By Daniel Rhodes.
While Liverpool fans in the past few days have been subjected to rumourmongering links for Andros Townsend and Paul Pogba, who exist on opposite ends of the Dream Player Scale, it seems to have been forgotten by many that we’ve actually signed three players already. The Tomkins Times will be using professional scouting software and video analysis to compare their new centre-back, Joel Matip, who signed on a free transfer from Schalke with Dejan Lovren, who signed from Southampton for around £20m, under previous boss Brendan Rodgers.
Lovren has been one of many Marmite players to pull on the red shirt over recent seasons, but seemed more settled towards the end of last season, and many believe him to be the first choice centre-back at the club (pending the Sakho UEFA case). Lovren is more comfortable playing as the left-sided centre-back, but spent large sections of last season on the right side alongside Sakho. His performances were certainly an improvement on the terrible 2014-15 season, and he found more consistency within the improved defensive structure of new Reds manager Jurgen Klopp.
Matip is a versatile player who started his career as a defensive midfielder at Schalke, playing in front of current German international Benedikt Howedes, and making 20 appearances in his first season as an 18 year old academy graduate. He can also play on either side of a centre-back pairing, as he’s shown in recent seasons. At the age of 24, he’s already made 258 appearances for Schalke, which translates to 20,700 minutes in all competitions. Impressively, he’s also scored 23 goals and assisted 14 others for his team-mates.
It is difficult to assess any individual defender using data, because most defensive actions are a consequence of the team’s structure and tactics. Nevertheless, with such big samples for these two individuals, there are some interesting findings and looking across seasons you can find out consistency, improvement or regression. Furthermore, basic stats such as aerial duels provide a clear strength or weakness.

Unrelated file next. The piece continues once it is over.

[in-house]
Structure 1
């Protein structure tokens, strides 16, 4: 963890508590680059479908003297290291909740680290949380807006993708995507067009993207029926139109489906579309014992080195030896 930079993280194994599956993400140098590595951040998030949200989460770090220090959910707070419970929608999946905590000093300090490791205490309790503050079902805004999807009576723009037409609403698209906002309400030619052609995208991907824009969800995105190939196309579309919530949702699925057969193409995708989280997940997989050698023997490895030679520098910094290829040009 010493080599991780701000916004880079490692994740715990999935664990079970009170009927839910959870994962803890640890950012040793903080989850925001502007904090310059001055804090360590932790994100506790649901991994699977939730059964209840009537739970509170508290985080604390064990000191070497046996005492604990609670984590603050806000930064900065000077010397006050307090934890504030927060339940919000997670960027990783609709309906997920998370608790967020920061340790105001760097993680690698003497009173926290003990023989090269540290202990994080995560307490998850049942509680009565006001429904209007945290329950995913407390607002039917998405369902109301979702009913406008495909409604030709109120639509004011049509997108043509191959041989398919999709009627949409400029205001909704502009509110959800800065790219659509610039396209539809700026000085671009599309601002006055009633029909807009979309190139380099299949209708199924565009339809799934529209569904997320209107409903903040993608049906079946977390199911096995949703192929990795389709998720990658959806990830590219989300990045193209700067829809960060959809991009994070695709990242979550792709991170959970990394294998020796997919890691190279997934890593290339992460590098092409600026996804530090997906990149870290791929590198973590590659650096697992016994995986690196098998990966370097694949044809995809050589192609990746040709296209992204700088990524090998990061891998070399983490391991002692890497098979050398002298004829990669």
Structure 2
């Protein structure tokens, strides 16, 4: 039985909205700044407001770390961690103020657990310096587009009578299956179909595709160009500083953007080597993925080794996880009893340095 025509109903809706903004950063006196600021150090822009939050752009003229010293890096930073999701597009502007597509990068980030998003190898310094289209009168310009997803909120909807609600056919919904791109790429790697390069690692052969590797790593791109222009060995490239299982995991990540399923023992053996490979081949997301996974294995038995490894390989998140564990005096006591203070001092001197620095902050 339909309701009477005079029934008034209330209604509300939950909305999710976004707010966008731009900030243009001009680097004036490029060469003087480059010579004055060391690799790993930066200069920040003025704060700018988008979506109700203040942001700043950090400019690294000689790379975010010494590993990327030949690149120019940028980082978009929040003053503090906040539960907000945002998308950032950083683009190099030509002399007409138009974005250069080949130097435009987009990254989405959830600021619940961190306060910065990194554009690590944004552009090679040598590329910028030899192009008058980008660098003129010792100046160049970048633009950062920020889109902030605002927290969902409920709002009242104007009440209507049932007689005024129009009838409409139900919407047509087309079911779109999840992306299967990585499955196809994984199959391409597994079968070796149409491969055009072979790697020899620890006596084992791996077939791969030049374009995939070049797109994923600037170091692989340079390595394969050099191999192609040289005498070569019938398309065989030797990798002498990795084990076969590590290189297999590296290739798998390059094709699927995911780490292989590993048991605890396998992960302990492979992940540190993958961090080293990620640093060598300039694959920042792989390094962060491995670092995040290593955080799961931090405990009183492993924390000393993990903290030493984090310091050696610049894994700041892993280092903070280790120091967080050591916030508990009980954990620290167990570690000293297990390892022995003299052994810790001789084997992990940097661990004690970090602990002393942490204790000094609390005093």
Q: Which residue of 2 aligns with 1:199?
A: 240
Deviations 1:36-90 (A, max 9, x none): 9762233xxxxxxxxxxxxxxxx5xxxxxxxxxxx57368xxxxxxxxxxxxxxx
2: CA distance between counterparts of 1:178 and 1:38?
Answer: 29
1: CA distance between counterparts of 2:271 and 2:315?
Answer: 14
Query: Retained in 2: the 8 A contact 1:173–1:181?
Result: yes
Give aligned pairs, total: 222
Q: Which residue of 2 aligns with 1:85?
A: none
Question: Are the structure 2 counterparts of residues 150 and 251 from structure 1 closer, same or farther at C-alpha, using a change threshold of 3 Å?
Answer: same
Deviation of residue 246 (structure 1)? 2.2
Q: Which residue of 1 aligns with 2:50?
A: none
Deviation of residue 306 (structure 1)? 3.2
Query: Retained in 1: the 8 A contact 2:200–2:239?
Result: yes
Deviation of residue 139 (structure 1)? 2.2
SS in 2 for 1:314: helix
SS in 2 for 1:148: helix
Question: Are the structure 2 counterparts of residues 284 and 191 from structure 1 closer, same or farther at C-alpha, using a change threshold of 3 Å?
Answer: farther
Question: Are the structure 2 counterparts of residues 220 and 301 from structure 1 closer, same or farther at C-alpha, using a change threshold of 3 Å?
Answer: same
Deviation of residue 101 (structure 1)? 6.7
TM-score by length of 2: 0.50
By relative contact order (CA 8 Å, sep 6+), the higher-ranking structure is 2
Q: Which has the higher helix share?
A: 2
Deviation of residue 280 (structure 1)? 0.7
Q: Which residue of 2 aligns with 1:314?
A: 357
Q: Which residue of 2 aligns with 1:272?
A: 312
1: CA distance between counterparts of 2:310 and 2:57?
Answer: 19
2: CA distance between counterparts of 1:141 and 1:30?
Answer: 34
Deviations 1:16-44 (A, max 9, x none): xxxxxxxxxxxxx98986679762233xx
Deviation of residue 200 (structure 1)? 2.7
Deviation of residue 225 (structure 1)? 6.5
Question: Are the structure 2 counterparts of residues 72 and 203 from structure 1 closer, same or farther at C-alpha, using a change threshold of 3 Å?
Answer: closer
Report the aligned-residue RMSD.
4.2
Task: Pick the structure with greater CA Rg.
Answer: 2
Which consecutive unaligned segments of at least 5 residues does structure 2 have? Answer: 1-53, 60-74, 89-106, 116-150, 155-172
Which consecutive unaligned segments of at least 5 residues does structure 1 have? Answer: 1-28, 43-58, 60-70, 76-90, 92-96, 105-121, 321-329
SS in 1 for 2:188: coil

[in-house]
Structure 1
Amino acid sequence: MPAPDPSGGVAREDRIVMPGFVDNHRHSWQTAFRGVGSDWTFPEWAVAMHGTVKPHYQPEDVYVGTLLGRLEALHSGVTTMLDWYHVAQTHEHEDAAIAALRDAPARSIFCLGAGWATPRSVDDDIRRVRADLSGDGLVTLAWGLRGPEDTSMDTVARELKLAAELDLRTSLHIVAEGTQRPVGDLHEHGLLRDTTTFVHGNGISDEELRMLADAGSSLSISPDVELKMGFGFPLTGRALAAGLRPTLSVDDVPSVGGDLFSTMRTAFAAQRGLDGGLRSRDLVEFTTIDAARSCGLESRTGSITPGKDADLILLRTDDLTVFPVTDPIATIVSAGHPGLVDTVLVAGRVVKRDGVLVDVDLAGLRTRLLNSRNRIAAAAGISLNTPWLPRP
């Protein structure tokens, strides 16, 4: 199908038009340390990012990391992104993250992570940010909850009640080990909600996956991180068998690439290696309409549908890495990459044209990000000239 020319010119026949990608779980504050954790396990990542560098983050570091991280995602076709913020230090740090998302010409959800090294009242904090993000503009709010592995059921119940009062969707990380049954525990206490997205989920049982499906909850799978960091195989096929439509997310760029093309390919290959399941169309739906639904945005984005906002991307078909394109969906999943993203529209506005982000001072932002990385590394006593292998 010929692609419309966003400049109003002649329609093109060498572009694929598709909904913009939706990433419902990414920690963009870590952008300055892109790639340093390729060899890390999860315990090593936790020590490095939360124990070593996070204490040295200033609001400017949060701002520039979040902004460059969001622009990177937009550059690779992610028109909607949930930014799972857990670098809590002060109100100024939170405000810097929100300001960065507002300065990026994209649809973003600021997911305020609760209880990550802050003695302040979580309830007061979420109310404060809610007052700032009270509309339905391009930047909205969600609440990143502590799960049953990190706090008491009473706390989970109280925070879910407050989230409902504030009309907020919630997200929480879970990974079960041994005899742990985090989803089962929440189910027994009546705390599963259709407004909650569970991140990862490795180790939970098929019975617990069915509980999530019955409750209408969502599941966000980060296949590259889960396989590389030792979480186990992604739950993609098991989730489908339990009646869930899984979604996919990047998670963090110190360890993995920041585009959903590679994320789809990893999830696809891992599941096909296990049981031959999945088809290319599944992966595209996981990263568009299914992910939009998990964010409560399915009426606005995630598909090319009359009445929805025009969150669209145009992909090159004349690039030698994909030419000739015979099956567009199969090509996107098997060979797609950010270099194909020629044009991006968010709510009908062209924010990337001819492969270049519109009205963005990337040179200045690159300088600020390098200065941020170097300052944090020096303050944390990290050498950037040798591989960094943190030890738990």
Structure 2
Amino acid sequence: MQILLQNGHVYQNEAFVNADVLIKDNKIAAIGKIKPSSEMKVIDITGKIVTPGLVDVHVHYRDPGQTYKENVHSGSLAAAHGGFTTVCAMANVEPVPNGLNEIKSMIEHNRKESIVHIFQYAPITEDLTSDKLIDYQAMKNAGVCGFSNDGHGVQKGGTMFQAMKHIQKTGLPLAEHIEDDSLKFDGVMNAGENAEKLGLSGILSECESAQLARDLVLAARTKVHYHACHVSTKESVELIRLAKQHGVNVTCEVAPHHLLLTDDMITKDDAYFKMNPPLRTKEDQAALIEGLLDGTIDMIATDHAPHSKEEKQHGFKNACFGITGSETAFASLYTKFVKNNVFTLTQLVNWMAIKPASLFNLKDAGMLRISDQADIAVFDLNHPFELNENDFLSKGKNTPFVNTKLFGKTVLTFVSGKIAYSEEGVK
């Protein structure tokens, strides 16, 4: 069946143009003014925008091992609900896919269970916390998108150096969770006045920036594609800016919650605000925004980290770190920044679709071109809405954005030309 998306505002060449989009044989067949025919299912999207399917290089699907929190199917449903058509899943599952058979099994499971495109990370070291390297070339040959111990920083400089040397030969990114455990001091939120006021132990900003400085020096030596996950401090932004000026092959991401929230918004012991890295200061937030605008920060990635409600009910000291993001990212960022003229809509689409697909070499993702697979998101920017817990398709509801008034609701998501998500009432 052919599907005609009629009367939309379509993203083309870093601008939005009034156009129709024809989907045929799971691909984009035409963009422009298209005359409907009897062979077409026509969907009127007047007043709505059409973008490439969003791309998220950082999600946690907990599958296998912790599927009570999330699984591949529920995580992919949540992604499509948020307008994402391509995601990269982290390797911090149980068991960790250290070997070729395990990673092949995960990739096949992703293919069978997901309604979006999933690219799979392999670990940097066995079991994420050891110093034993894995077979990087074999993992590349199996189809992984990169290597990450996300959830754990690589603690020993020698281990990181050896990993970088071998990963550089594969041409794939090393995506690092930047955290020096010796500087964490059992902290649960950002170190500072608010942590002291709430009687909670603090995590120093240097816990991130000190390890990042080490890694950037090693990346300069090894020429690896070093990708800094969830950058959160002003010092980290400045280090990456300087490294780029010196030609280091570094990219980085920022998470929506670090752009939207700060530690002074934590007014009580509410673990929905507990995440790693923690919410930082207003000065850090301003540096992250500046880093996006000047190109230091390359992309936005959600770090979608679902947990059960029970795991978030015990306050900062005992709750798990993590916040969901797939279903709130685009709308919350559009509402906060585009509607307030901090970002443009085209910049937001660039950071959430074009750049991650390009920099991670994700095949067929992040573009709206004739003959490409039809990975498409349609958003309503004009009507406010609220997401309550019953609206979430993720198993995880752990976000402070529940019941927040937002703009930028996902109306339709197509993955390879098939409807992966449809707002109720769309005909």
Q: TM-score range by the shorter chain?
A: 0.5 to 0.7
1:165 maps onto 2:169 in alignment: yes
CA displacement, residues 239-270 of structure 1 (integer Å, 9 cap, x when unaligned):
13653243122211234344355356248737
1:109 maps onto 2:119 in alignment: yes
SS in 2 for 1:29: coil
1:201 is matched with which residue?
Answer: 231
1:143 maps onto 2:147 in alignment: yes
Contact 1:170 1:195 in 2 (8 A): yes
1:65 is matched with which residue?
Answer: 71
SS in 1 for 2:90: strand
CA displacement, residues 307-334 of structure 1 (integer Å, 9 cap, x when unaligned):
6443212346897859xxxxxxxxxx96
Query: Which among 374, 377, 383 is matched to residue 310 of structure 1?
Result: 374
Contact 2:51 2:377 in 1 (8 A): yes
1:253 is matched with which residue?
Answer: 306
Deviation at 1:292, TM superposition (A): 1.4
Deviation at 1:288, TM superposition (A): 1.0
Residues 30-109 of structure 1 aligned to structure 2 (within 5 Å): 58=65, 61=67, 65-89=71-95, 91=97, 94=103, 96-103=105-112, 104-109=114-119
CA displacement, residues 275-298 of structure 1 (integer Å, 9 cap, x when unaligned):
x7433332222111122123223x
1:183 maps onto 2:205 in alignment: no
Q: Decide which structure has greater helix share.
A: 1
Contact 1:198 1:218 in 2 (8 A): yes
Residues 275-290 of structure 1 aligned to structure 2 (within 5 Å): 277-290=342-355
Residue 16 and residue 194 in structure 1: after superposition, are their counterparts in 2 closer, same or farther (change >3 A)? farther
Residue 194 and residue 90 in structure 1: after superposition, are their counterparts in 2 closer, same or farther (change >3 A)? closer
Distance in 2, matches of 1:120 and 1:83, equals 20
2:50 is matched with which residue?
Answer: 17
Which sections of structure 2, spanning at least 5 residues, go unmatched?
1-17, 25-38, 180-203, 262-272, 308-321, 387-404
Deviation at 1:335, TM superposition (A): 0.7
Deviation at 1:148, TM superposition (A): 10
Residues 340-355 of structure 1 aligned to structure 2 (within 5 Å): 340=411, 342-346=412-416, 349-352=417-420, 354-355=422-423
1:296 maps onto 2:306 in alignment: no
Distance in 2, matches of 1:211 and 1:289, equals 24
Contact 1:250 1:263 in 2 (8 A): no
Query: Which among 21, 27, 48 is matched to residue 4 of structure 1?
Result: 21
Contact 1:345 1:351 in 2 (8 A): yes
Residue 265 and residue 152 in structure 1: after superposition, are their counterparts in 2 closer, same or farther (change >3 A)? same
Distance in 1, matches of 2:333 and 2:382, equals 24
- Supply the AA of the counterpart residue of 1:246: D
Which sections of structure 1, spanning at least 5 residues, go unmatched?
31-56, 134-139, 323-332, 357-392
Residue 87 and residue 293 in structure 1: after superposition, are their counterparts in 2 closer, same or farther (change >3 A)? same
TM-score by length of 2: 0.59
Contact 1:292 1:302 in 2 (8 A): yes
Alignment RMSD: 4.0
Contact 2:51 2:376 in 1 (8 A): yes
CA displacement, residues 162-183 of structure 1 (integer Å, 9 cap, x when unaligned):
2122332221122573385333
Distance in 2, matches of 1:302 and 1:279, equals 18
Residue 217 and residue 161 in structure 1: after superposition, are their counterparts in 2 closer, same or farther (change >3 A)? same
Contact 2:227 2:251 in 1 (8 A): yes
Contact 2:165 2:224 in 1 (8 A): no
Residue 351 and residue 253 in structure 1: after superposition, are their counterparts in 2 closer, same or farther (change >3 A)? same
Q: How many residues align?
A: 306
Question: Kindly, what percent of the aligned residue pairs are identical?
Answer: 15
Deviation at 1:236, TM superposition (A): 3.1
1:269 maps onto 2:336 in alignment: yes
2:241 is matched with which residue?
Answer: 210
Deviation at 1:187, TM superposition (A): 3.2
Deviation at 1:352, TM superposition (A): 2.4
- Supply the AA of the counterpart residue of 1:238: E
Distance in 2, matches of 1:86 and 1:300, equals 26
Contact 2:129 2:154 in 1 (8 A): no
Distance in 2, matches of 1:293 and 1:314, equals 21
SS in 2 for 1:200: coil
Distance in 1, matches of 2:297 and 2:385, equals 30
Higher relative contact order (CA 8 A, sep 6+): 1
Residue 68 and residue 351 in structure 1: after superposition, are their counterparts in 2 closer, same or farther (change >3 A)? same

According to Who Scored, Matip didn’t have any weaknesses last season, and excelled at tackling, interceptions and perhaps most importantly of all, concentration. As you will see later on in the videos, he also likes to dribble, which is a rare commodity (or flaw) depending on your perspective for what a centre-back should be doing.
Matip’s Career Defensive Data
(GB – German Bundesliga; ICL – Champions League; IUC – Europa League)
- 2.74 interceptions per 90 minutes across his career is higher than the average for all Liverpool’s centre-backs for the last five years (1.59) and higher than the Premier League average of 1.87.
- 2.66 attempted tackles per 90 is again higher than the Liverpool average of 2.06.
- 2.15 tackles won, giving him an 80% success rate, is very high, and way above the Reds’ average of 1.20 per 90, and success rate of 58.2%. Impressive stats so far, although I’m fairly skeptical about tackling stats, as is Andrew Beasley on his blog.
- (I was unable to find any data on Aerial Duels for the Bundesliga)
To get the actual definition of a tackle in a statistical sense, we need to defer to Opta, as they collate the information: